It was one of those jobs rumoured to exist that they never told you about at school: Head of Soap Opera Summarisation in Downing Street. We know the job existed because we saw the pointers, Tony Blair casually saying he supported Deidre Rachid - otherwise known as The Weatherfield One . It's hard to not to look at contemporary politics and speculate whether today's occupant of Number 10 isn't keeping an eye on Twitter's trending topics. Superficially David Cameron's espousal of #YouAintNoMuslimBruv is allying himself with a grittily East London diss. Scoff all you might but increasingly hashtag politics seem to be a meaningful way to check the pulse of what the nation is thinking.
This week Twitter unveiled the site's biggest trends for 2015. A tougher year and more politicised than last. The most tweeted moments of 2014 seem spritely and joyful in hindsight - the World Cup, One Direction galloping to pop domination at The Brit Awards. Almost as if they belonged to a simpler time. 2015 has been an altogether more sombre affair. At the top of the chart is #JeSuisParis/#JeSuisCharlie. As we struggle to interpret acts of unintelligible savagery we do seem increasingly drawn to social media - and especially to Twitter - to come together to interpret and respond to them. What can the average person do when presented with such a jumble of grief and fear. When faced with a similar mess of emotions when Princess Diana died crowds of people assembled a vast carpet of flowers outside Kensington Palace - a sight that even on recollection now makes you reach for the Piriton. On Remembrance Day each year we each wear a poppy. In the social media world increasingly when we witness something that moves us we make an equally empathetic gesture - even if only a hashtag and words.
While the name of Aylan Kurdi will be unfamiliar to most of us, the image of his 3 year old body washed up on the Turkish shores in the summer will be one of the most enduring images of our lifetime. Bent double as if in supplication, his body achieved what insistent news articles hadn't achieved - an outpouring of public empathy for refugees. #RefugeesWelcome was one of the biggest Twitter trends of the year - and it brought a perspective to political debate that had until then been largely absent. A surge of feeling - and again there was a Downing Street response.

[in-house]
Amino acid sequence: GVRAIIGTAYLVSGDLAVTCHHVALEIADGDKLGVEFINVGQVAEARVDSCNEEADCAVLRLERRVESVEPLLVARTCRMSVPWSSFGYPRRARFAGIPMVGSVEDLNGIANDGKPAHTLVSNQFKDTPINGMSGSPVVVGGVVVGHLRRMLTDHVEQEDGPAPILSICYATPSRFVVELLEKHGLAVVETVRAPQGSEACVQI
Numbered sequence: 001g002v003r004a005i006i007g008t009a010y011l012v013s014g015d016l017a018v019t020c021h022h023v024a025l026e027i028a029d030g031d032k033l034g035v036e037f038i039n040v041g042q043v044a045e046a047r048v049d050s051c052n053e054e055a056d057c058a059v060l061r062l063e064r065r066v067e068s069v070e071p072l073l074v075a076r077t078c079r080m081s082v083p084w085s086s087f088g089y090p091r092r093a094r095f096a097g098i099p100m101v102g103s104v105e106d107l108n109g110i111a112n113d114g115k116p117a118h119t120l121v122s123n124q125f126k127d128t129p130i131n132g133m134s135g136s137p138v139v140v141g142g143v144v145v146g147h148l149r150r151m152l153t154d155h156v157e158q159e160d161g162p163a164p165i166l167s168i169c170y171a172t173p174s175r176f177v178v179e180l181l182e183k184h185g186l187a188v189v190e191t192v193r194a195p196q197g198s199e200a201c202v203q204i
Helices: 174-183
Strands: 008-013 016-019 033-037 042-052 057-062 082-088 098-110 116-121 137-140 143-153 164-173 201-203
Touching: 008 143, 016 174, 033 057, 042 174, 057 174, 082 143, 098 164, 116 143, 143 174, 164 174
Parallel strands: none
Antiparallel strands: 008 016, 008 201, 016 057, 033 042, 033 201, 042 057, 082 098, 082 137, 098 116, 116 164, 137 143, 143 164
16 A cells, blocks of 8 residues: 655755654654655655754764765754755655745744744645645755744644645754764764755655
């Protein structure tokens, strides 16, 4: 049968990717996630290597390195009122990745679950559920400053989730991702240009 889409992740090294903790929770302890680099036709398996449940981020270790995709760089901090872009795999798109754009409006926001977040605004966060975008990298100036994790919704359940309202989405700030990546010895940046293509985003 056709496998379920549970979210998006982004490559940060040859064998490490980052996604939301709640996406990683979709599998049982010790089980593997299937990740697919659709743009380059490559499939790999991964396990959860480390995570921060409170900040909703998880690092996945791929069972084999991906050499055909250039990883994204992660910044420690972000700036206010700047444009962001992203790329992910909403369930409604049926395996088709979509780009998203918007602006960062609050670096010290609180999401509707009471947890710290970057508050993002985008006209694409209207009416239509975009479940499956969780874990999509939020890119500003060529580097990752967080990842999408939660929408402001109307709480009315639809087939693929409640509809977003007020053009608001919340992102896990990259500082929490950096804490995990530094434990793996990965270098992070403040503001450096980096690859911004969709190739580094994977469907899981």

When it comes to interpreting the significance of these actions, we often value the tangible more highly. Flesh and blood, bricks and mortar seem more substantive - but pixels have an impact too. Younger generations no longer make an artificial separation between online and real-life - everything is real life. Of course it's easier to grasp that someone can express empathy by leaving a bunch of flowers for someone - or writing a letter. There's a collective reticence to agree that the same emotional impact can be conjured with pixels. The £8m raised by #NoMakeUpSelfie show this new approach can have a massive impact.
The delight of this weekend's #YouAintNoMuslimBruv - which had reached 125,000 Tweets in about five hours on Sunday - was that a uniquely British voice of dissent was being aired and amplified by real people. The voices on the hashtag are life affirmingly positive - remarking on the joy of British multiculturalism for most of is that we are different and the same at the same time. We all know that Islam can't be slandered by such unrepresentative abuse.
Reflecting on more distant history, we've always known that for previous generations going to church and being with other worshippers didn't actually summon God into our presence - but it did seem to make us feel more collectively part of a single movement. By being together people felt stronger, felt part of something significant. And so it is today with social media. In a tough year of news social media is doing the same for us. As we evolve into Internet adulthood hashtag politics could be one of the greatest ways for us to be together. Laughing, applauding, standing firm knowing that others out their share our views. Politicians recognising that might seem jarringly uncomfortable - but it does demonstrate that our voices - and Tweets - are being heard.Suggest a correction